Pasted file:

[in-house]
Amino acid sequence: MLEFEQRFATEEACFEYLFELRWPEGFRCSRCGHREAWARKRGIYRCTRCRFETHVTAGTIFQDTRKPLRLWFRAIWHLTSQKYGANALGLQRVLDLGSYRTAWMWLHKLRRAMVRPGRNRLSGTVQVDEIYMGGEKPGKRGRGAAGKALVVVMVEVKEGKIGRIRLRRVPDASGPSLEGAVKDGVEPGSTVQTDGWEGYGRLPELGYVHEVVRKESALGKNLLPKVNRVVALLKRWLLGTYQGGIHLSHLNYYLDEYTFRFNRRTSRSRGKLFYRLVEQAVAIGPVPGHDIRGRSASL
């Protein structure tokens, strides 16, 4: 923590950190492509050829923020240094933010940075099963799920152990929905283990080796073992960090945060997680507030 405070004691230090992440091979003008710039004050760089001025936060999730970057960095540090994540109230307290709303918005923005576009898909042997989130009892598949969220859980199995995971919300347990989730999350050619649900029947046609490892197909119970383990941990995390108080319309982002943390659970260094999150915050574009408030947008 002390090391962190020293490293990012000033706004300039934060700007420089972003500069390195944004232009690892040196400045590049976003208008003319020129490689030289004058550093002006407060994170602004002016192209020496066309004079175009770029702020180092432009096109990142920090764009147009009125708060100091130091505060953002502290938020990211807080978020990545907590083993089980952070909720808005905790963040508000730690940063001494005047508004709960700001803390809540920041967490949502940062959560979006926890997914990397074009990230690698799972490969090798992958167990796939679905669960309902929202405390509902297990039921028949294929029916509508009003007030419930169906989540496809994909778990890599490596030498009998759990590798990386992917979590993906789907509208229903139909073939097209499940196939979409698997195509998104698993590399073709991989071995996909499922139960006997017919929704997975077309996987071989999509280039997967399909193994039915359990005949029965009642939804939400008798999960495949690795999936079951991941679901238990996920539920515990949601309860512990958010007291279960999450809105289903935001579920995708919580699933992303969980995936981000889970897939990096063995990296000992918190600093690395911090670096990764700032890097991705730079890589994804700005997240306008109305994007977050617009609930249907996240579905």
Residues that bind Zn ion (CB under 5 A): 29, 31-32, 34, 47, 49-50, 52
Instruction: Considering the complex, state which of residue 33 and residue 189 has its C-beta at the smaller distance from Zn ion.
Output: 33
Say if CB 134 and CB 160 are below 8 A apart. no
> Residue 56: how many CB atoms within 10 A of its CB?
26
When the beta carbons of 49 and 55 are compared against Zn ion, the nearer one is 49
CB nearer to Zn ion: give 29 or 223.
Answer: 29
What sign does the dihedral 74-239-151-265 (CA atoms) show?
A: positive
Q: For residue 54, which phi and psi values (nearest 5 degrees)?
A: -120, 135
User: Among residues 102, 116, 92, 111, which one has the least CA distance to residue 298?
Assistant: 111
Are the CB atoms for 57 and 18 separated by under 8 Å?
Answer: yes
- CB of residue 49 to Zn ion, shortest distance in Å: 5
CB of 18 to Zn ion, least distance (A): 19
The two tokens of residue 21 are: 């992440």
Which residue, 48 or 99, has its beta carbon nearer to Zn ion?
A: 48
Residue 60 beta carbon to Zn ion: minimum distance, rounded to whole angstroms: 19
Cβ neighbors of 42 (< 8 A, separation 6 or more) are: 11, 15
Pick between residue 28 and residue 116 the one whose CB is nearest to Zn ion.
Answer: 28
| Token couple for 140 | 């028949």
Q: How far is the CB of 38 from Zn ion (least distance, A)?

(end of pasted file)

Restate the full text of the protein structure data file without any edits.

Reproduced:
[in-house]
Amino acid sequence: MLEFEQRFATEEACFEYLFELRWPEGFRCSRCGHREAWARKRGIYRCTRCRFETHVTAGTIFQDTRKPLRLWFRAIWHLTSQKYGANALGLQRVLDLGSYRTAWMWLHKLRRAMVRPGRNRLSGTVQVDEIYMGGEKPGKRGRGAAGKALVVVMVEVKEGKIGRIRLRRVPDASGPSLEGAVKDGVEPGSTVQTDGWEGYGRLPELGYVHEVVRKESALGKNLLPKVNRVVALLKRWLLGTYQGGIHLSHLNYYLDEYTFRFNRRTSRSRGKLFYRLVEQAVAIGPVPGHDIRGRSASL
């Protein structure tokens, strides 16, 4: 923590950190492509050829923020240094933010940075099963799920152990929905283990080796073992960090945060997680507030 405070004691230090992440091979003008710039004050760089001025936060999730970057960095540090994540109230307290709303918005923005576009898909042997989130009892598949969220859980199995995971919300347990989730999350050619649900029947046609490892197909119970383990941990995390108080319309982002943390659970260094999150915050574009408030947008 002390090391962190020293490293990012000033706004300039934060700007420089972003500069390195944004232009690892040196400045590049976003208008003319020129490689030289004058550093002006407060994170602004002016192209020496066309004079175009770029702020180092432009096109990142920090764009147009009125708060100091130091505060953002502290938020990211807080978020990545907590083993089980952070909720808005905790963040508000730690940063001494005047508004709960700001803390809540920041967490949502940062959560979006926890997914990397074009990230690698799972490969090798992958167990796939679905669960309902929202405390509902297990039921028949294929029916509508009003007030419930169906989540496809994909778990890599490596030498009998759990590798990386992917979590993906789907509208229903139909073939097209499940196939979409698997195509998104698993590399073709991989071995996909499922139960006997017919929704997975077309996987071989999509280039997967399909193994039915359990005949029965009642939804939400008798999960495949690795999936079951991941679901238990996920539920515990949601309860512990958010007291279960999450809105289903935001579920995708919580699933992303969980995936981000889970897939990096063995990296000992918190600093690395911090670096990764700032890097991705730079890589994804700005997240306008109305994007977050617009609930249907996240579905």
Residues that bind Zn ion (CB under 5 A): 29, 31-32, 34, 47, 49-50, 52
Instruction: Considering the complex, state which of residue 33 and residue 189 has its C-beta at the smaller distance from Zn ion.
Output: 33
Say if CB 134 and CB 160 are below 8 A apart. no
> Residue 56: how many CB atoms within 10 A of its CB?
26
When the beta carbons of 49 and 55 are compared against Zn ion, the nearer one is 49
CB nearer to Zn ion: give 29 or 223.
Answer: 29
What sign does the dihedral 74-239-151-265 (CA atoms) show?
A: positive
Q: For residue 54, which phi and psi values (nearest 5 degrees)?
A: -120, 135
User: Among residues 102, 116, 92, 111, which one has the least CA distance to residue 298?
Assistant: 111
Are the CB atoms for 57 and 18 separated by under 8 Å?
Answer: yes
- CB of residue 49 to Zn ion, shortest distance in Å: 5
CB of 18 to Zn ion, least distance (A): 19
The two tokens of residue 21 are: 């992440």
Which residue, 48 or 99, has its beta carbon nearer to Zn ion?
A: 48
Residue 60 beta carbon to Zn ion: minimum distance, rounded to whole angstroms: 19
Cβ neighbors of 42 (< 8 A, separation 6 or more) are: 11, 15
Pick between residue 28 and residue 116 the one whose CB is nearest to Zn ion.
Answer: 28
| Token couple for 140 | 């028949």
Q: How far is the CB of 38 from Zn ion (least distance, A)?